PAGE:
This album only contains eight songs, six if you exclude the intro and outro, and as such is a rather short but sweet little taste of the new Helloween. The six real songs on here are all really energetic, catchy, memorable and for the most part fast.
Songs like "Twilight of the Gods" really gets the blood pumping with a speedy drum beat, fast guitar riffs and Kiske's high vocals. That being said, there are a few deviations from the faster stuff. Kiske's voice is perfectly suited to the song, his lower and higher registers are on full display here and complimenting that is the guitars.
The melodic licks of the intro really sets up the somber atmosphere of the rest of the song. The little touches like the alarm clock ringing before the final chorus add to the song in cool ways. Last song to mention is the 13 minute epic "Halloween". With songs that run over 10 minutes, it's risky. If they aren't varied enough to keep things interesting then it's a colossal waste of space.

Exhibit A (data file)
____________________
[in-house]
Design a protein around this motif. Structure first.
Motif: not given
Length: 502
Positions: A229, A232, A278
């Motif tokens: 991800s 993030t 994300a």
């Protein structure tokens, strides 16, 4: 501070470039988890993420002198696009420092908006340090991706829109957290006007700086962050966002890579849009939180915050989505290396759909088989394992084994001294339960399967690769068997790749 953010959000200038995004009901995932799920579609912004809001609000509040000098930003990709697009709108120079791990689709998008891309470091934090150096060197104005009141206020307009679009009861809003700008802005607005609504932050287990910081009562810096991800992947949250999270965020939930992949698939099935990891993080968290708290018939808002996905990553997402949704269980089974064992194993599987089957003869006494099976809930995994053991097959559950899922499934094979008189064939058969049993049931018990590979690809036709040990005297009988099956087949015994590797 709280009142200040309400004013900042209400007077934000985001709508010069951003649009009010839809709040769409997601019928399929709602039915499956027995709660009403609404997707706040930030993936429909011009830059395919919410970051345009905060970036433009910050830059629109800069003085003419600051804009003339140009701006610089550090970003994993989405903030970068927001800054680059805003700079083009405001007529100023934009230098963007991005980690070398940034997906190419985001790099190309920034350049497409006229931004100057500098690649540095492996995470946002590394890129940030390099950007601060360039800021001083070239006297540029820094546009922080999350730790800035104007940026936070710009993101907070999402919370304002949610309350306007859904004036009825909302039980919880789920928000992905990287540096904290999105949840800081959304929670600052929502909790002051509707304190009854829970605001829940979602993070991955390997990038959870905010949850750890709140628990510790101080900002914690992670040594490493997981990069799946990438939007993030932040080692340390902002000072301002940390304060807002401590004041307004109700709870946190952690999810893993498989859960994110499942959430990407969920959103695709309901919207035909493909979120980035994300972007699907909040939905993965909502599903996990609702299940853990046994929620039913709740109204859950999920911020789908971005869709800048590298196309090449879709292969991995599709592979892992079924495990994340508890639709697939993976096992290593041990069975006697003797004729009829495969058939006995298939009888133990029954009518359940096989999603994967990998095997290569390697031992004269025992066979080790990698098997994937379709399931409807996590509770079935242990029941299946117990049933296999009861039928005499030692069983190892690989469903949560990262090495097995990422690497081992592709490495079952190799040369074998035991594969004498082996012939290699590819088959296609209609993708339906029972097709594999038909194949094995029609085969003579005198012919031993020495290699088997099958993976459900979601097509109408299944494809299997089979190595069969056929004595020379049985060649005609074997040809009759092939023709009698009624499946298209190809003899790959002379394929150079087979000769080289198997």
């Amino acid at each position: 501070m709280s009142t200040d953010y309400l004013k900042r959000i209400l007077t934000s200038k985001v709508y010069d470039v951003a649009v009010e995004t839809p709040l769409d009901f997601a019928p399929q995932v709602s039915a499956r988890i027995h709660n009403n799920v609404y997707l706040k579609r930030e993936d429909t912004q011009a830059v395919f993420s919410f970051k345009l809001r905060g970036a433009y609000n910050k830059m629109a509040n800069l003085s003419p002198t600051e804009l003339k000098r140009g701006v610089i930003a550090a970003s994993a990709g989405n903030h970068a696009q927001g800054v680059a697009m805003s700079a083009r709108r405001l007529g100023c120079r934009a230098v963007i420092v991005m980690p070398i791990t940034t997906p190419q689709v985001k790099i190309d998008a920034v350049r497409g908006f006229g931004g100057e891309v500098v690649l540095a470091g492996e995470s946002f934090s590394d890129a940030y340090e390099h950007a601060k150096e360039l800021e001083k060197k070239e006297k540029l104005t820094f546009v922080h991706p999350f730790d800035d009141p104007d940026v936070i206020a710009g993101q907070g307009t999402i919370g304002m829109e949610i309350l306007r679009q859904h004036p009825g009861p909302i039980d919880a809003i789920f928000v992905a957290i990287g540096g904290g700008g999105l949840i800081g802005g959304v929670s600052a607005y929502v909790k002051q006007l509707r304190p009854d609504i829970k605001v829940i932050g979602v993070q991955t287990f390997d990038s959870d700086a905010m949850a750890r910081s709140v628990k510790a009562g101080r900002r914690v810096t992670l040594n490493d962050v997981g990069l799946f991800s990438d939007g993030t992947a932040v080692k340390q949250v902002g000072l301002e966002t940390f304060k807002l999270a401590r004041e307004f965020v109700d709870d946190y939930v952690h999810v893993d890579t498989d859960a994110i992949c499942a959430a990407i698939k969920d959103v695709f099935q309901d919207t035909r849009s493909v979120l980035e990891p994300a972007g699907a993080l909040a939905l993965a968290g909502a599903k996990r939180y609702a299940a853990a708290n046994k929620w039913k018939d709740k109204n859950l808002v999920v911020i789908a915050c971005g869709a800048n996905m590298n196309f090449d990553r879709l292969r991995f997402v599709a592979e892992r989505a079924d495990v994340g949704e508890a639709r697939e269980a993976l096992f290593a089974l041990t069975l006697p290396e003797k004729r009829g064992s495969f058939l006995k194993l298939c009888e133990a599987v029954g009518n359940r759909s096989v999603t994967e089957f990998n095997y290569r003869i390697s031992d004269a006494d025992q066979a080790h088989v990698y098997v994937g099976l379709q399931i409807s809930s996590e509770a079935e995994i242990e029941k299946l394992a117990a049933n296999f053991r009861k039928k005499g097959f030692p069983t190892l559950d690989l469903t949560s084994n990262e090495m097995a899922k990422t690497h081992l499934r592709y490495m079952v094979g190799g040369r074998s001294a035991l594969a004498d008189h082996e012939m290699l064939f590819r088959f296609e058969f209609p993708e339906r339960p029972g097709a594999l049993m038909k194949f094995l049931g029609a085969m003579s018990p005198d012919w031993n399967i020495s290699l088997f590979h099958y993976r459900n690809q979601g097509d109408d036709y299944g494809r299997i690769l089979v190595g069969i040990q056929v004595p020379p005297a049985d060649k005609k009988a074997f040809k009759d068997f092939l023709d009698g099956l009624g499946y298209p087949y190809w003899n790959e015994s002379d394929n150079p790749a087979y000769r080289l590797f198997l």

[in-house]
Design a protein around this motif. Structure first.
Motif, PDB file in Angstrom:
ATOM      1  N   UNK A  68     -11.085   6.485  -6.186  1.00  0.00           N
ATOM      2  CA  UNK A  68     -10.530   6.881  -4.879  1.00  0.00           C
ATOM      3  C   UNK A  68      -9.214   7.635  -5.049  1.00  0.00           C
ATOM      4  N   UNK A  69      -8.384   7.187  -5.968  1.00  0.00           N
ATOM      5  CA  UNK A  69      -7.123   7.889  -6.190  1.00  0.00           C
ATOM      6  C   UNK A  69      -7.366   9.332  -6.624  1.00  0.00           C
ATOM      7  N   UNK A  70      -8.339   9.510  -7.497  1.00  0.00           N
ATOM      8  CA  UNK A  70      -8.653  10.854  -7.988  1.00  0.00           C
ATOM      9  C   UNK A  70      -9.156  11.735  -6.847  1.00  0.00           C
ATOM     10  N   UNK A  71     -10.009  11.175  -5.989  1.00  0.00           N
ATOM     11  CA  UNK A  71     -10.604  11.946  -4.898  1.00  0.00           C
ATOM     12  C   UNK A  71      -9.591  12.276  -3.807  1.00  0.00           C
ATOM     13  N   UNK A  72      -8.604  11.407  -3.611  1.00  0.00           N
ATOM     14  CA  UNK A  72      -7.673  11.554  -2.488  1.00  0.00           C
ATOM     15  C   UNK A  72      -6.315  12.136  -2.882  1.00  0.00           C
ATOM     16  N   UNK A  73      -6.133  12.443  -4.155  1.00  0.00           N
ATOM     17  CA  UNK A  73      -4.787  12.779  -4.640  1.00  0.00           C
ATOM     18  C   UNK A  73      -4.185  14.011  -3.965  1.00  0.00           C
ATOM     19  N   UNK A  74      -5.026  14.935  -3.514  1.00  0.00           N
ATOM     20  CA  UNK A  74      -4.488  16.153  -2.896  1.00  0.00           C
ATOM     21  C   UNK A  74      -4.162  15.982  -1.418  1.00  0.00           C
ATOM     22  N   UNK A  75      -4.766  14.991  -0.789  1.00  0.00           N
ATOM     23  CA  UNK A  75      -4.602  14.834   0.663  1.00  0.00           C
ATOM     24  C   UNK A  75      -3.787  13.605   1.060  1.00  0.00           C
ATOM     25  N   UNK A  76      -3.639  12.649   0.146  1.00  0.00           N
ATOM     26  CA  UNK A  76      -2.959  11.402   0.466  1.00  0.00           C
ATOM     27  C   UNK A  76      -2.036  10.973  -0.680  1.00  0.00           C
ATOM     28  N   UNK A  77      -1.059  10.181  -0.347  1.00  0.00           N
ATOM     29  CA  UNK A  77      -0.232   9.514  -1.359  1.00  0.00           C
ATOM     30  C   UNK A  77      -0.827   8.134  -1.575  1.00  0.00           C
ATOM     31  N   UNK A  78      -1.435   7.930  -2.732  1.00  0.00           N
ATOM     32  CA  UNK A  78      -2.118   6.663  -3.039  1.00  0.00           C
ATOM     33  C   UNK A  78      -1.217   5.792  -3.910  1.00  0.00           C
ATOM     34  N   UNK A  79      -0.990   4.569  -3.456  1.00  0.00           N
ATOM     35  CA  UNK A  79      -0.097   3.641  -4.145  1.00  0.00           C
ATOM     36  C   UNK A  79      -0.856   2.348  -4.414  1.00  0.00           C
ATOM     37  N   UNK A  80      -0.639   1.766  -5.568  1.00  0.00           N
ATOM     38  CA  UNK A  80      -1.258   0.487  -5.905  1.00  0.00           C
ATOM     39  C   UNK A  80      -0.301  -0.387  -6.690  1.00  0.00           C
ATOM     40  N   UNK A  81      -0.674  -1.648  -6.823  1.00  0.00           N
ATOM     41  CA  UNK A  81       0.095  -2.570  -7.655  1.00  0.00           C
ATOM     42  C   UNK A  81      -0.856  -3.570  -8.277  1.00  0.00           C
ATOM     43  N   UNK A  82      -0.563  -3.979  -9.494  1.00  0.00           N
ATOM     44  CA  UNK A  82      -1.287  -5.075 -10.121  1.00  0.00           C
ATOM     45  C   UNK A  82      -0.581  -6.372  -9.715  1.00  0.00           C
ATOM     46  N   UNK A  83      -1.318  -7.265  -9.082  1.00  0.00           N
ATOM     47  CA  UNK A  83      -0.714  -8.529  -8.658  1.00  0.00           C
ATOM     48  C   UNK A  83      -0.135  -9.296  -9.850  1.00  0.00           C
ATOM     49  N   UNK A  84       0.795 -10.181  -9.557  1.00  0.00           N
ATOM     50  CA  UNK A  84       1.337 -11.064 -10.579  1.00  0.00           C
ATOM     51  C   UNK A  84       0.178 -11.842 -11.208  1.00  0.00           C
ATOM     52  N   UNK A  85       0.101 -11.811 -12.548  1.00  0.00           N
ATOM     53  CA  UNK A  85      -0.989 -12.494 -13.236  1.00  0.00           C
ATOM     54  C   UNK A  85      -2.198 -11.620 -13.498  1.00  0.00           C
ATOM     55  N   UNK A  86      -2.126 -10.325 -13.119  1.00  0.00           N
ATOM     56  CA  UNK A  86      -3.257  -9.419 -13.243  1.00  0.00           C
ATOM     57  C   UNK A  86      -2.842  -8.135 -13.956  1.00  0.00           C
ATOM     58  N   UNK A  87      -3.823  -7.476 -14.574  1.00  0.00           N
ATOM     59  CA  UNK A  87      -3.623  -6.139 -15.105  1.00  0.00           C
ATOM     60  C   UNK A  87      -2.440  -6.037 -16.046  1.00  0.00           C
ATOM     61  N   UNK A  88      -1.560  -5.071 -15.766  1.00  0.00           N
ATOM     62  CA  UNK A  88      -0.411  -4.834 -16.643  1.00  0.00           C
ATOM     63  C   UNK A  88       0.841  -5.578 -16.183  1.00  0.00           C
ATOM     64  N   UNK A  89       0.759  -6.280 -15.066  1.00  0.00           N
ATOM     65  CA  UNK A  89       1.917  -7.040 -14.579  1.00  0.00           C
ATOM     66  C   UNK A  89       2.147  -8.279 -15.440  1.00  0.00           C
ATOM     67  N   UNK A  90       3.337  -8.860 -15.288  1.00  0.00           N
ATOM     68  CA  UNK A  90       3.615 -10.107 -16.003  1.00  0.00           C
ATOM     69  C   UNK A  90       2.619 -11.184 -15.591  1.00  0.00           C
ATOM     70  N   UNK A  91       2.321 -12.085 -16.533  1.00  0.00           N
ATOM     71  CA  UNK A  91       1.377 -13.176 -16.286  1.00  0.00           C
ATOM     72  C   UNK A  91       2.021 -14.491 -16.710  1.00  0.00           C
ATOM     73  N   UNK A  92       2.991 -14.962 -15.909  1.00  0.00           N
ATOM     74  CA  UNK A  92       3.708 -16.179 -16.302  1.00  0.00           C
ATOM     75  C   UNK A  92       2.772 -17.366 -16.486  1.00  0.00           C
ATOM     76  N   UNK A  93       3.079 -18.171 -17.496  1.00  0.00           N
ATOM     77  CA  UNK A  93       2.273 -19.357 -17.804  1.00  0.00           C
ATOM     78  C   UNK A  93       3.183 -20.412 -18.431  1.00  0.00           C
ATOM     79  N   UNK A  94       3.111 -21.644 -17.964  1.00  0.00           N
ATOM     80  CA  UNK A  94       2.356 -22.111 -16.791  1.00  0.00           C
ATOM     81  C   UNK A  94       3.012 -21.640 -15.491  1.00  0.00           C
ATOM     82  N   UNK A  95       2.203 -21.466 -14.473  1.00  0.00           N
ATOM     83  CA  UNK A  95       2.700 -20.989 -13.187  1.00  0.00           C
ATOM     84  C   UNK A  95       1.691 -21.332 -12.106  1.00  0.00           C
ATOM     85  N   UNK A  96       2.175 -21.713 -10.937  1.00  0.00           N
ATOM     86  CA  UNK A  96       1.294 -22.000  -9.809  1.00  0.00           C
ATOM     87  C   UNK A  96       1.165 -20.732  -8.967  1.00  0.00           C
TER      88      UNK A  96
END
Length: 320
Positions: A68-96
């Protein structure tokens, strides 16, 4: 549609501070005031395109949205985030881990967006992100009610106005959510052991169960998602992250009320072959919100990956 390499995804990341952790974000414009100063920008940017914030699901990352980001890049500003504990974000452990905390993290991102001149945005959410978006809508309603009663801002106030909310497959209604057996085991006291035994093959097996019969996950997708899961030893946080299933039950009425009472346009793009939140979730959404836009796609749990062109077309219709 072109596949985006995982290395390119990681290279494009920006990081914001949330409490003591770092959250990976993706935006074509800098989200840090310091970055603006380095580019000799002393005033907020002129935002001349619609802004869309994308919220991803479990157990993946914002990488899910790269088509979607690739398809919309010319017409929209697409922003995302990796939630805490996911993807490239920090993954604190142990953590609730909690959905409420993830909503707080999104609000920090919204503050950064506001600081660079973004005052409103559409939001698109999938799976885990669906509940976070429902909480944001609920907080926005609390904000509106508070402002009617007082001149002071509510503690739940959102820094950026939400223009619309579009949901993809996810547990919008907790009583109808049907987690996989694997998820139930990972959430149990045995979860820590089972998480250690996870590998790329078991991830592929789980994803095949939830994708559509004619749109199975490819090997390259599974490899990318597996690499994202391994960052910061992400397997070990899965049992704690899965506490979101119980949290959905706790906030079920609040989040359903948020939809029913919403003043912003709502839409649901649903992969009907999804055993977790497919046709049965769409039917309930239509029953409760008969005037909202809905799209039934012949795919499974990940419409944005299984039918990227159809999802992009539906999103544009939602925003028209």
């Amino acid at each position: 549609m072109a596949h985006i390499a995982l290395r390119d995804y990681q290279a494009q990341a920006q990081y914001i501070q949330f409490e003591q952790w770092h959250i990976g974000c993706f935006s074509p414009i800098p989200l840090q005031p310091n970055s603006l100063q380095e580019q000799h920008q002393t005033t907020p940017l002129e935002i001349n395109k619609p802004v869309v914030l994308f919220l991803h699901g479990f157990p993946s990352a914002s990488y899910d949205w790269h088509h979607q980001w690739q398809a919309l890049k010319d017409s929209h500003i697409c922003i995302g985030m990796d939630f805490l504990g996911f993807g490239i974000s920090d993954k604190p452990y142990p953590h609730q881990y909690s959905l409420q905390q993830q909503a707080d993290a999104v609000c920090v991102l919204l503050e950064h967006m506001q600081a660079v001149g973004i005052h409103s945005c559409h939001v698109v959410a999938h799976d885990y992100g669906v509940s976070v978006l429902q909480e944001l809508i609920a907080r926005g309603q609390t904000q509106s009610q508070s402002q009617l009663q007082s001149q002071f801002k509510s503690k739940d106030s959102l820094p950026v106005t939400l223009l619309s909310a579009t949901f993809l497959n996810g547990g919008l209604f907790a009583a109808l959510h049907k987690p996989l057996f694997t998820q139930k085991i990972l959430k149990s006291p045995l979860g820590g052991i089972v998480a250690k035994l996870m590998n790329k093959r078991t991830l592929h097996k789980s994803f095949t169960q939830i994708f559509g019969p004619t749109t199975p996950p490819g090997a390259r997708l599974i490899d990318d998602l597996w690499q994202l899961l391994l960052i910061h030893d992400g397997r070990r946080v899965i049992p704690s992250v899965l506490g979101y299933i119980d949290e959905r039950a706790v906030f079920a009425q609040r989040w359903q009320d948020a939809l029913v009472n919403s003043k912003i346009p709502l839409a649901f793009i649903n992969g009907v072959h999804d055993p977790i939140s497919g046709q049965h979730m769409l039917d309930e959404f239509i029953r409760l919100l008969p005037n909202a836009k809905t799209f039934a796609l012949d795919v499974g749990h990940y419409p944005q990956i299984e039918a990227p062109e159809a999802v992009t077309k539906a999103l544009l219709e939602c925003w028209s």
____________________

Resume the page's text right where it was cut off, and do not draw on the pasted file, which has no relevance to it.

Not the case here. Easily a highlight of the album. The performances of the members are really well done too. Kai and Michael Weikath that is while keeping the speed of Walls of Jericho made the guitars sound more melodic and friendly rather than the razor edged and choppy thrash style of the prior album not that that's a bad thing.
Ingo is just as energetic as he was on WoJ, knowing when to go at full throttle and when to restrain himself on each song. But, of course, the highlight is the new kid in town: Michael Kiske.
His full, high, opera-like voice never fails to captivate the listener. Whether he's singing a speedy number or a tear jerking ballad, his voice is damn near flawless because of his range and his power. The band has done their best on this album by far. Keeper part 1 is easily an album worth your time, it's a genre defining album for a reason. Your time won't be wasted on this album, it's not very long and it contains a set of songs that the band themselves have yet to top.